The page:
Are two-thirds of us really overweight or obese? Calculate your BMI and enter our survey
PUBLISHED: 11:15 13 April 2017 | UPDATED: 14:10 13 April 2017
There are growing calls for the body mass index (BMI), devised in the 1860s and used to determine obesity levels, to be updated or scrapped. Find out your BMI here and then answer our quick poll to help us build a more accurate picture. Also, if you classed as overweight or obese but you disagree, email us a photo and your comments.
Two-thirds of people in our region and nationally are overweight or obese, according to BMI data. But are hundreds of people being misdiagnosed and wrongly branded as unhealthy?
The BMI is a formula which calculates your ‘healthy weight’ in relation to your height. It was devised in 1869 by Belgian astronomer Adolphe Quetelet. His formula is still used today: your weight in kilograms divided by your height in metres squared.
If you score over 25, you are overweight. If you score over 30, you are obese.
But a growing number of scientists and nutritionists believe the BMI needs to be overhauled or abandoned in order to build a more accurate picture of alleged ‘epidemic’ obesity levels.
A major flaw of the BMI is that it does not differentiate between fat and muscle. It also does not account for body type, bone density, stage of growth and other factors, and is oversimplistic and now out of date, scientists claim.
Conversely, it has also been suggested the BMI may provide false hope to people at risk of future health problems who may have a normal BMI.
Jake Allen, from Trimley St Martin, who is the 11th Strongest Man in the World in the under 90kg category, is technically overweight, according to the BMI calculator. He scored 26.5, despite his quite obvious and enviable core of steel.
“This is ridiculous,” the 26-year-old said. “It’s crazy. I would not class myself as overweight. I am not anywhere near it. I’ve always ignored the BMI reading. I just go on how I feel.
“It should definitely be changed. There must be some other method, with all the new technology we have. There are loads of people in different shapes and sizes who will be healthy or unhealthy. It is not a true reading.
“It is quite depressing for people to hear they are overweight or obese, when they might not be. They might feel insecure about themselves when they shouldn’t.”
BMI is seen as a vital tool in healthcare. Doctors use it to diagnose anorexia, while it is also used to calculate life assurance premiums and who qualifies for gastric surgery in the NHS.
A study by the University of California in Los Angeles (UCLA), published by the International Journal of Obesity last year, found that 54 million Americans have wrongly been labelled unhealthy by the BMI.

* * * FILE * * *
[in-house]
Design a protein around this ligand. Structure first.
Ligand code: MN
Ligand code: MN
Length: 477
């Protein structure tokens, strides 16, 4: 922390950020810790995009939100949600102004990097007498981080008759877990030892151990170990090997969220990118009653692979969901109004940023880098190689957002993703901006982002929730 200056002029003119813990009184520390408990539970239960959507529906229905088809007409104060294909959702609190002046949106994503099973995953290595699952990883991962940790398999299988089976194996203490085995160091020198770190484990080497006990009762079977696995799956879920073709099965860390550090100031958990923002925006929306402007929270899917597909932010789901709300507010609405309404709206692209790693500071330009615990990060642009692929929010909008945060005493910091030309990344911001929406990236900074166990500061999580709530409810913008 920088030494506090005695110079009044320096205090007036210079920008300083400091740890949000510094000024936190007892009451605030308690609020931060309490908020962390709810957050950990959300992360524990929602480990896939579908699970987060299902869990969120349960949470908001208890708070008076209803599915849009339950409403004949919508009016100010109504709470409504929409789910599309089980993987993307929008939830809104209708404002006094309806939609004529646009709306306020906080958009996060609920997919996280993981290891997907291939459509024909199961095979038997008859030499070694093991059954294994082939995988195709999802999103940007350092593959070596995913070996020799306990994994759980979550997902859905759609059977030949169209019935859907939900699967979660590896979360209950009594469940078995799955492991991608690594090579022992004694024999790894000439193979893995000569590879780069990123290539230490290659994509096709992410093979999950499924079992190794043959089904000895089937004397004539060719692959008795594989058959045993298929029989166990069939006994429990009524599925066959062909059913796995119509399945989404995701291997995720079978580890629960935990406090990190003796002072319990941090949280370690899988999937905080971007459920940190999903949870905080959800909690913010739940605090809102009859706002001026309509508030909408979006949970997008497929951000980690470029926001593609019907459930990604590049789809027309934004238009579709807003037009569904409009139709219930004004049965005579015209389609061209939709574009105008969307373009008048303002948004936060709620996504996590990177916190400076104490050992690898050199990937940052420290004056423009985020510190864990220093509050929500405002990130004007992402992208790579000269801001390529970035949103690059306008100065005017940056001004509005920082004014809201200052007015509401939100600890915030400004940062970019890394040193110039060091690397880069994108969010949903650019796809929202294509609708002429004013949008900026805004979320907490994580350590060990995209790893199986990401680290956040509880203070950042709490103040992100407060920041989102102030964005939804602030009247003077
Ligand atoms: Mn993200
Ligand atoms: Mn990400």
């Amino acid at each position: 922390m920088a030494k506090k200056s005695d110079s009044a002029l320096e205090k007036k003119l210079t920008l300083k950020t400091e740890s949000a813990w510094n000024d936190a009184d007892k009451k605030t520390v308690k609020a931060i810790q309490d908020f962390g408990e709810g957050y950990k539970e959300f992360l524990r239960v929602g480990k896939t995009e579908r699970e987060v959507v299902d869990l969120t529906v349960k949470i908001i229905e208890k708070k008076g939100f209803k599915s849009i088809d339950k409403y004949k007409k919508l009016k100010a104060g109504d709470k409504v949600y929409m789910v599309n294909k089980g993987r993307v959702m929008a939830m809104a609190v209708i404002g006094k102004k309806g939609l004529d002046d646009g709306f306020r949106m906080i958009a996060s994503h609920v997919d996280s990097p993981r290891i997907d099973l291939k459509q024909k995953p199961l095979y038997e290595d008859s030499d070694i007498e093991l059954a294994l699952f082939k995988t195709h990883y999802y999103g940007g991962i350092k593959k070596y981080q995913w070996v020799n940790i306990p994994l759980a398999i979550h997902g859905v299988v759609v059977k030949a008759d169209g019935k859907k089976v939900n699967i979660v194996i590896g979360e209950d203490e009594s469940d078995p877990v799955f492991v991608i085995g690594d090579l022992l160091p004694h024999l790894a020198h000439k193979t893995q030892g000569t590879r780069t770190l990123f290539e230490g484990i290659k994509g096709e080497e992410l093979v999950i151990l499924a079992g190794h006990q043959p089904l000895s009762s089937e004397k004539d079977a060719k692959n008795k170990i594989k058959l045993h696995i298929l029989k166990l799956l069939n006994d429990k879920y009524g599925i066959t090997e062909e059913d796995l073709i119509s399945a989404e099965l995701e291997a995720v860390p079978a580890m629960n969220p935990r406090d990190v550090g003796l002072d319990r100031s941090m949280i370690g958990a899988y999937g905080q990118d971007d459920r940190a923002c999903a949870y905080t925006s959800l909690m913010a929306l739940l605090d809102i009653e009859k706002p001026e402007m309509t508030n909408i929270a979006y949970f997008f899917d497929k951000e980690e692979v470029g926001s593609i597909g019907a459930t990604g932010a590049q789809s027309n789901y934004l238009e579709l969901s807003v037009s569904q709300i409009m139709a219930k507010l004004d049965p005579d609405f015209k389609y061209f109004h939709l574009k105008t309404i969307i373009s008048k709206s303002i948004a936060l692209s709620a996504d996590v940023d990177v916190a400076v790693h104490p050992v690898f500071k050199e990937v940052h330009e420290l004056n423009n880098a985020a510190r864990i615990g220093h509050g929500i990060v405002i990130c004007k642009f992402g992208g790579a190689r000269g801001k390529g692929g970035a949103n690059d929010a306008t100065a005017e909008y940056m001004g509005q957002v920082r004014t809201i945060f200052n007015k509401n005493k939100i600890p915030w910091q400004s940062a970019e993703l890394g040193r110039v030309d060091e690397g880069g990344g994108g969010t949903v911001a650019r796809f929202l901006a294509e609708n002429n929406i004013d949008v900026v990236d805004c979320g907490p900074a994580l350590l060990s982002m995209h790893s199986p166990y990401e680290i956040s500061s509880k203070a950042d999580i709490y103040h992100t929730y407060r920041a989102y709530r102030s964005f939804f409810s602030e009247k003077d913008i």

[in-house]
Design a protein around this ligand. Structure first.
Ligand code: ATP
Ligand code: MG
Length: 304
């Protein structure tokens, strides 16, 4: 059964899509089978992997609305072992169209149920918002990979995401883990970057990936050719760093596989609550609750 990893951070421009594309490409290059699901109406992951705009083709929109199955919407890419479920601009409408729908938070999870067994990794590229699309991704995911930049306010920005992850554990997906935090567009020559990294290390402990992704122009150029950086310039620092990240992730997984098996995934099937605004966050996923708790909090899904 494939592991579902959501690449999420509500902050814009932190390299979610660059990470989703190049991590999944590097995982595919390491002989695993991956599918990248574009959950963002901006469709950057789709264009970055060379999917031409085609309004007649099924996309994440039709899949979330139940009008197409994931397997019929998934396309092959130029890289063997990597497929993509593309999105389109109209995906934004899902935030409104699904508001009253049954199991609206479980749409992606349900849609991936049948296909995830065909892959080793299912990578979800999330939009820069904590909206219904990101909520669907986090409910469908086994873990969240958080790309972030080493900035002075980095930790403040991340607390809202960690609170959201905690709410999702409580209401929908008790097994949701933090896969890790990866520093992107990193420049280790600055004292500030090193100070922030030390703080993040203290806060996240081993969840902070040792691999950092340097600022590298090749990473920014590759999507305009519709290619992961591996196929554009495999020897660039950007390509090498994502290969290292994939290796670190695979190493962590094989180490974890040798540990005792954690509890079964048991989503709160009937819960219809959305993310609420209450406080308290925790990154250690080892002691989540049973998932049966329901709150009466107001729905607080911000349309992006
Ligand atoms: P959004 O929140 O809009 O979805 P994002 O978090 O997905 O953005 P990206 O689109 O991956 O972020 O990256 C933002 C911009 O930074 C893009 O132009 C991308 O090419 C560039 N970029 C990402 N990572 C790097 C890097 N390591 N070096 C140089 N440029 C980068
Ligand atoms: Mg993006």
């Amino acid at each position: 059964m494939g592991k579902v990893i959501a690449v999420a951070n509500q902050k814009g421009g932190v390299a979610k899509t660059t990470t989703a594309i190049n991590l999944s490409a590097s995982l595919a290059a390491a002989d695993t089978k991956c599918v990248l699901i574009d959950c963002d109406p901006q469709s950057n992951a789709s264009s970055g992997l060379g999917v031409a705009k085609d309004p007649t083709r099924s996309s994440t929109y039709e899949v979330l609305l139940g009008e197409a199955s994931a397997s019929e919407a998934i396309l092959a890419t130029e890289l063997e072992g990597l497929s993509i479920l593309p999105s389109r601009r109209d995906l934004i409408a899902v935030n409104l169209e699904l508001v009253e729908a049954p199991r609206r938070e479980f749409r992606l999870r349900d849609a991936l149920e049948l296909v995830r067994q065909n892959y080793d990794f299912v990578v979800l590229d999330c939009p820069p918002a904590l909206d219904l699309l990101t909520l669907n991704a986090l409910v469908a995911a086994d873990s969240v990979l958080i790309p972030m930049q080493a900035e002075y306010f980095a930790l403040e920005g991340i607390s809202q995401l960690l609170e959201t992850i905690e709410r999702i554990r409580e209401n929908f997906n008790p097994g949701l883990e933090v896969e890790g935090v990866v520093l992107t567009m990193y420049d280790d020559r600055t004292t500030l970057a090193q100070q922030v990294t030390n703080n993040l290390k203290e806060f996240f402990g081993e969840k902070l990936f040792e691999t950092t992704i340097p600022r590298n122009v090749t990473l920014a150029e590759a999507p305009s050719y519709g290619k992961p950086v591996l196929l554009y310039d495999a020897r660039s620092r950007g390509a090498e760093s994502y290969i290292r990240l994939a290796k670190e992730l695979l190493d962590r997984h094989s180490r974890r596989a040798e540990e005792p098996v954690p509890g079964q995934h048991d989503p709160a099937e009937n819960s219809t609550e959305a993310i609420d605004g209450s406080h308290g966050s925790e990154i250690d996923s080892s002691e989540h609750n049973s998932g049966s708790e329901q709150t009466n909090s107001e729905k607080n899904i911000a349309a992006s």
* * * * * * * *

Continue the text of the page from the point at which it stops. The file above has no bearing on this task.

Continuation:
They found that around half of people classed as overweight under the BMI scale were actually healthy, as were one in four people considered obese.
Psychologist Professor Janet Tomiyama, the study’s lead author, said at the time: “Many people see obesity as a death sentence. But the data show there are tens of millions of people who are overweight and obese and are perfectly healthy.”
The analysis also found that over 30% of people with BMIs in the ‘normal’ range were actually unhealthy based on other health data, such as blood pressure and glucose, cholesterol and triglyceride levels.
Jeffrey Hunger, a doctoral candidate at the University of California, Santa Barbara, added: “This should be the final nail in the coffin for BMI.”
So is cycling legend Jason Kenny, Team GB’s six-time Olympic gold medal winner and still in his peak, really overweight? He is, according to the BMI, with a score of 25.5. England rugby players (Billy Vunipola is ‘obese’ with 35.6), Premier League footballers (Arsenal’s Olivier Giroud – 25.2) and even Team GB rowing Olympic champions all need to lose weight, the BMI suggests.
Other researchers also believe the BMI loses accuracy among small tall people, who have the same proportions as average height people. Research has found humans have grown by 10cm on average since the BMI was devised nearly 150 years ago.
BMI categories (national average score is 27)
Below 18.5 – underweight
Between 18.5 and 24.9 – healthy weight
Between 25 and 29.9 – overweight
Between 30 and 39.9 – obese
Some scientists say the ideal BMI measure (the ‘new’ healthy weight) should be changed to 20.7 to 26.4. They say a new category of marginally overweight should also be created, from 26.5 to 27.8. This small shift could have a major effect on the number of people actually classed as overweight or obese in Suffolk and Essex, and nationally.
So calculate your BMI score using the calculator, and then quickly fill out our poll so we can record your results and apply it to the new suggested categories, so we can build perhaps a more accurate picture of obesity levels in our region.
We will report the results in the coming days.